In contrast to the conventional method of conducting trials, where the research team alone manages the interventions, SUMMIT was implemented through the government health system. Supplements were distributed through midwives, using the channels already in place for the distribution of iron and folic acid. The trial also involved community-based approaches to help support pregnant women, providing training for local villagers that equipped them to act as support persons for midwives and pregnant women.
When visiting pregnant women, community facilitators reminded them to take their supplements, as well as discussing pregnancy-related health issues, including what commonly happens to the fetus and the mothers at various stages of the pregnancy. They also recommended nutritious, locally-available food. They answered questions from the pregnant women or their families, as well as giving information about scheduled activities for the closest local health centre, including prenatal and postnatal care. In order to address specific questions quickly, the community facilitators entered them into a data management system, allowing responses to be sent back from head office. They also provided administrative support to midwives and to volunteers at the local health centres during prenatal and postnatal visits.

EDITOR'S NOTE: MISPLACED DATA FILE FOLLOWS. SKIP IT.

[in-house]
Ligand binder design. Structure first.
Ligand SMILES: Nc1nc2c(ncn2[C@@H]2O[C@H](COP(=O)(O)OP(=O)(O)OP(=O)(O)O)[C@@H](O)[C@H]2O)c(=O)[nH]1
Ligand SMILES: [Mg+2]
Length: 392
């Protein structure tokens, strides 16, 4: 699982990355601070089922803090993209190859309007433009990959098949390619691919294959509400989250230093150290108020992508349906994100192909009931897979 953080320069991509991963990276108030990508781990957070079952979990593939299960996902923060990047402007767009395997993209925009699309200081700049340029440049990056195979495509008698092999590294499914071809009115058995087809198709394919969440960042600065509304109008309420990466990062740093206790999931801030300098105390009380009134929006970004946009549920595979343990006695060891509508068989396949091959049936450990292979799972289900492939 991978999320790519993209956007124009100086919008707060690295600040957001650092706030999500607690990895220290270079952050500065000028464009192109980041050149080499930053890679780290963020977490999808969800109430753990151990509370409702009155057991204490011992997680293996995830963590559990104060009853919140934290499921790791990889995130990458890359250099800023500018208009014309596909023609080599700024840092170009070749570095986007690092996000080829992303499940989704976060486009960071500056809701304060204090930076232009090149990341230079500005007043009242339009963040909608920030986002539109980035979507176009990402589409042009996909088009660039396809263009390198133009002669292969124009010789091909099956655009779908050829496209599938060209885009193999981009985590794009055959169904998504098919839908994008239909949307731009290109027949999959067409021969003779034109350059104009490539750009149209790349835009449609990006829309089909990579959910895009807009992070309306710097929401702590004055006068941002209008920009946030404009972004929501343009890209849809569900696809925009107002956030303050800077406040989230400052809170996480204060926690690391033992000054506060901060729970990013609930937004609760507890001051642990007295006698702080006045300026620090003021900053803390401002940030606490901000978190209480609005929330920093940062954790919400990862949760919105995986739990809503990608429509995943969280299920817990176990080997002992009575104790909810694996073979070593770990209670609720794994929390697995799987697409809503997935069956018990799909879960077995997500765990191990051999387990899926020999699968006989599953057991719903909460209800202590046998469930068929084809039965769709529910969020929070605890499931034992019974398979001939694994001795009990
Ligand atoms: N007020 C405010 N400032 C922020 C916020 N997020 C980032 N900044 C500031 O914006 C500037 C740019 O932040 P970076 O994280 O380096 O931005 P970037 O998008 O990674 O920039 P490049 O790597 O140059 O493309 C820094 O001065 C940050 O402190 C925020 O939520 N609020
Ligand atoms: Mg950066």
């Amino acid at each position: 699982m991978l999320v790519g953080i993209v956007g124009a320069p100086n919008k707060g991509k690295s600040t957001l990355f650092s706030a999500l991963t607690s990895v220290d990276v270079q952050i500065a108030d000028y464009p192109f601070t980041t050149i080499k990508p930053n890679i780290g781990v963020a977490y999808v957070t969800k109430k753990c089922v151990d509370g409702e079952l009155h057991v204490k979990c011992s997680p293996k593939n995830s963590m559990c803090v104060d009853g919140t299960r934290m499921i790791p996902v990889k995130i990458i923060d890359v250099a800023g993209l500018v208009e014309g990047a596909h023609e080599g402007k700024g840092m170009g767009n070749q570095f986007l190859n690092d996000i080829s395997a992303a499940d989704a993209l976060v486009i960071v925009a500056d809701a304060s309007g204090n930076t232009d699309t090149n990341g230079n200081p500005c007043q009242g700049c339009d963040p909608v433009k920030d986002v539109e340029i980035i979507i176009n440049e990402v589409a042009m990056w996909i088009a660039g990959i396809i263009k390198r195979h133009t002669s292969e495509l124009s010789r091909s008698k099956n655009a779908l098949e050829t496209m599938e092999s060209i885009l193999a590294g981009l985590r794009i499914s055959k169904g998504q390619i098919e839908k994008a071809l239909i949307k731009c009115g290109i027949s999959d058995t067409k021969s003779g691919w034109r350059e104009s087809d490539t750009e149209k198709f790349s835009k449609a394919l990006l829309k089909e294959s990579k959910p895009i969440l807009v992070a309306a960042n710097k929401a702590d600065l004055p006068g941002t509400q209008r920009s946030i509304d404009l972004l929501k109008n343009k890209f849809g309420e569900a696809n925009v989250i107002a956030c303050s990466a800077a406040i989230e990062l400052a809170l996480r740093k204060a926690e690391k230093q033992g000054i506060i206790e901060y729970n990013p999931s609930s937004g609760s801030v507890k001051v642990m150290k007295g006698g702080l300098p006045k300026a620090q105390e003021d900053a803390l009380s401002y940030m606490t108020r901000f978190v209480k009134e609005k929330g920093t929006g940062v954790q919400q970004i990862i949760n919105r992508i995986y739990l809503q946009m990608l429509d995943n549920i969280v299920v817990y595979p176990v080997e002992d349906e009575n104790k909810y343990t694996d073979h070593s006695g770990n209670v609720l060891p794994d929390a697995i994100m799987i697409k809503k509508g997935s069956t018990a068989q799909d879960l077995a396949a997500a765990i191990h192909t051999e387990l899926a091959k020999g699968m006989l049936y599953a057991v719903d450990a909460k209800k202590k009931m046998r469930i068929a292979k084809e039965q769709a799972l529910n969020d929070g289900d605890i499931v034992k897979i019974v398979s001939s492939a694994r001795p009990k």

In contrast to the conventional methods of conducting trials, SUMMIT was implemented through the government health system
Community facilitators helped make pregnancy care an educational and exciting experience. They hosted games during check-up sessions, in which women could win small prizes for correctly answering questions about pregnancy care. They also provided a SUMMIT birth certificate to women whose babies were weighed within one hour of delivery, thus promoting assisted delivery by trained professionals. This award was very popular, especially in villages where few deliveries took place at health facilities that could provide proof of birth. The SUMMIT birth certificate can be used as a supporting document when applying for a formal birth certificate. The community facilitators also found ways to increase community support for pregnant women from local leaders. Several Islamic religious leaders, who are very influential in the life of Lombok communities, spoke to men about pregnancy care at Friday prayers during the period of the trial.